Interview: Craig DeWald and Heath Porter of Uvaggio


Miami Food Pug sat down with Craig DeWald and Heath Porter, owners of Uvaggio Wine Bar in Coral Gables. The two discussed the Uvaggio concept, joked around and — of course — talked about all things wine. 

Miami Food Pug: How did all of you meet? It seems everyone is all over the place. Chef Bret [Pelaggi] is from New England. Heath, you’ve worked throughout the country. And Craig has lived in London and California.

Heath Porter: It was super weird. Chef is originally from Boston. His wife was transferred down here for work, so he came down. He hooked up with a couple gigs that didn’t work out. Then he went on “Top Chef New Orleans” and was on a few episodes of the show; it was last year, I think. I’ve never seen the show, so I’m not sure — but don’t tell Chef that! [laughs]. So we got really lucky when we did the opening — I think we found him on Craigslist to be honest with you [laughs]. And so that’s how we got chef.

Craig is originally from San Francisco. He was an AMEX HR executive for like 26 years. He’s lived in a lot of places where he didn’t have enough room to entertain in his house. And there he is [Craig walks in]. I was just telling your story for you. Let me know when I screw it up. So yeah, Craig was always hanging out at wine bars being the wino that he is. He always had a dream to open a wine bar. He decided that since he had a second residence in Miami, he would eventually live out his life in the glory of the wine world here. Did I miss anything?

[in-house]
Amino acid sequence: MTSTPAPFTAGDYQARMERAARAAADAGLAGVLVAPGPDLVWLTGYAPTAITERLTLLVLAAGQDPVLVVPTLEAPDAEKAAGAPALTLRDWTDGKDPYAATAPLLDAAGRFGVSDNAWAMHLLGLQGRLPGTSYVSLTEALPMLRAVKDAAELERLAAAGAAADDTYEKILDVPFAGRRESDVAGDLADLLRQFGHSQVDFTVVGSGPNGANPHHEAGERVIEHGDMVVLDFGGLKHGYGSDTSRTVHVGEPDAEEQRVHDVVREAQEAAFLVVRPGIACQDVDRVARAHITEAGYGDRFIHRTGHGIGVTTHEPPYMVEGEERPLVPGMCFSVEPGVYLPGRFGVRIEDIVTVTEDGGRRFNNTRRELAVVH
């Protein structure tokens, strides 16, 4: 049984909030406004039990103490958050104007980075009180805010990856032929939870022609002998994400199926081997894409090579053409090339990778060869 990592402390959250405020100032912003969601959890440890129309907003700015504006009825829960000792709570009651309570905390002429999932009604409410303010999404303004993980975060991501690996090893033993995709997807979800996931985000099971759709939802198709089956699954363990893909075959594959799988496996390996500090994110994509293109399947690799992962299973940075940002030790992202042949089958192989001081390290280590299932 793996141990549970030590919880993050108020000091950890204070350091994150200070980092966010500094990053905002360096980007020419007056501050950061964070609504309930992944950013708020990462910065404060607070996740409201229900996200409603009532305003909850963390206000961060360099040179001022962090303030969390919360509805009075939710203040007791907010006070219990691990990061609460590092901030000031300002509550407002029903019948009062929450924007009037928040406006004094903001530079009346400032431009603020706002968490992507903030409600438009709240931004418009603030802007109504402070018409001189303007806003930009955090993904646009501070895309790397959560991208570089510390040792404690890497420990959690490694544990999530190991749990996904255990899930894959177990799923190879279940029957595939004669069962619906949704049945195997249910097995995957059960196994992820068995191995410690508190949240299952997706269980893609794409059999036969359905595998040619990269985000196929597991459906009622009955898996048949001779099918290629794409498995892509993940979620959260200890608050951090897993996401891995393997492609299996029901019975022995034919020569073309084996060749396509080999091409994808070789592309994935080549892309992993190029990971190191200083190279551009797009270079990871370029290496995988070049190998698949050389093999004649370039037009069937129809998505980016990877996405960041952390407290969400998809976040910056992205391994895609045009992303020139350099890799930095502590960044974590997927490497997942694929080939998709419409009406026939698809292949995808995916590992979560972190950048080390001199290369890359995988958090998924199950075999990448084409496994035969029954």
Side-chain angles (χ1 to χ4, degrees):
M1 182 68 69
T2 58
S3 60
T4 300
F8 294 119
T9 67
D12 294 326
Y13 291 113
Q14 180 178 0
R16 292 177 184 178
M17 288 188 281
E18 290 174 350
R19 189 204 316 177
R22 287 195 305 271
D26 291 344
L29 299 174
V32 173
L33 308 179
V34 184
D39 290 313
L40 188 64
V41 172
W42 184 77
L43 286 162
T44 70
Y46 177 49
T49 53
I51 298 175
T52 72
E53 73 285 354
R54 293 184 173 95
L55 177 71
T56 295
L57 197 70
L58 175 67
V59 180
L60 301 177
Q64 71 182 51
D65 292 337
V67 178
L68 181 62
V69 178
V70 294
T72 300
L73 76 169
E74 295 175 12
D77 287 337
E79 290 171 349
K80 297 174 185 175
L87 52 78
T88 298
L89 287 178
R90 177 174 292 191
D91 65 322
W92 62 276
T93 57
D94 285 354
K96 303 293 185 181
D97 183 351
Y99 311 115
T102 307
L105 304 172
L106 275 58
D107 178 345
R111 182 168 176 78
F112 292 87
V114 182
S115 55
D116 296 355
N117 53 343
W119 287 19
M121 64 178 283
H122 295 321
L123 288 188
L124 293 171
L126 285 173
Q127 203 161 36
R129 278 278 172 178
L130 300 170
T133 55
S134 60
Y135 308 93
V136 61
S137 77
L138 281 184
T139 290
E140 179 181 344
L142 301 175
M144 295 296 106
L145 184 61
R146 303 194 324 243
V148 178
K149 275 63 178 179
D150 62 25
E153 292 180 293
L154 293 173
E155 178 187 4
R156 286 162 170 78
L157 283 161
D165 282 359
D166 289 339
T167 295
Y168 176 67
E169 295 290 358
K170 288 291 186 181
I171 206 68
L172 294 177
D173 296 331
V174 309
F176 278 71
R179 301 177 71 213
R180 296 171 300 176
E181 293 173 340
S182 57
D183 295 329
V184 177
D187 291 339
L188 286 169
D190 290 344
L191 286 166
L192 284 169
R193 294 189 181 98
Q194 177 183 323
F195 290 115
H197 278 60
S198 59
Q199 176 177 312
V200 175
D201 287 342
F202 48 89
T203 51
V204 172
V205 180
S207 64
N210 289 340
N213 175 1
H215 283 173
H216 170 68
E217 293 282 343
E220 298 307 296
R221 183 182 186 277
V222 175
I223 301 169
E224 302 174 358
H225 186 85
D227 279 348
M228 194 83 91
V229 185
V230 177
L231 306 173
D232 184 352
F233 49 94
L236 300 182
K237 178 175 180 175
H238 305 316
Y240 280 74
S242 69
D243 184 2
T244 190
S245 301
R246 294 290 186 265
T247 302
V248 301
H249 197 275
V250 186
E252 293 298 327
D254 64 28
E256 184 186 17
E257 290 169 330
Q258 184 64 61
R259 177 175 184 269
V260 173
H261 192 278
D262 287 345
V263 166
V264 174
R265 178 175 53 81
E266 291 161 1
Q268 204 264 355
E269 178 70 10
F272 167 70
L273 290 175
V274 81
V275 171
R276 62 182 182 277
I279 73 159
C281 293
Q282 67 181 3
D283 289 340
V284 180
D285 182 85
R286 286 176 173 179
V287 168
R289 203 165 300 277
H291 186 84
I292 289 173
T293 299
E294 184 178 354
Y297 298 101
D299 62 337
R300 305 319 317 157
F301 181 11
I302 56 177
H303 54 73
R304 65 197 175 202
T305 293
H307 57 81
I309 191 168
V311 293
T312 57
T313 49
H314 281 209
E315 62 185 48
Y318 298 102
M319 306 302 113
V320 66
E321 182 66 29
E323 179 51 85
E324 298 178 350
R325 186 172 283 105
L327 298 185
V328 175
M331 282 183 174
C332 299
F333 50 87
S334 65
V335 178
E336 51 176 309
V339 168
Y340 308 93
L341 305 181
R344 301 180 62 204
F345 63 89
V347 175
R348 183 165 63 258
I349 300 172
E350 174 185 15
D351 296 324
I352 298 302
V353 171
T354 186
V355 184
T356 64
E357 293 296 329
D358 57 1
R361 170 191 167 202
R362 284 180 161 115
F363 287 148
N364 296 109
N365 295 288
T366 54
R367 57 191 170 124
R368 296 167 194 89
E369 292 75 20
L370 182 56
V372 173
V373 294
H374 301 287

Craig DeWald: I think you captured that pretty darn well.

Heath: Craig and I met on a plane from Peru. I got hooked up with Craig as a consultant to help him run and open Uvaggio. We worked together for a few weeks — a couple months — and Craig had one idea and I said “That sounds cool. I think we could also do something like this.” We looked at what that would look like and Craig was like “Shit, that looks a little cooler than what I had planned.” Somehow, I ended up becoming a partner to stick around and help envision the dream. We were supposed to open at the beginning of the year, but that didn’t happen. We opened about five months ago, and its been super crazy. Basically we try to do three things: awesome food, awesome booze and awesome service. We’re not cool enough to do anything else, so that’s what we stick to [laughs].


MFP: What about the concept? How did that come about?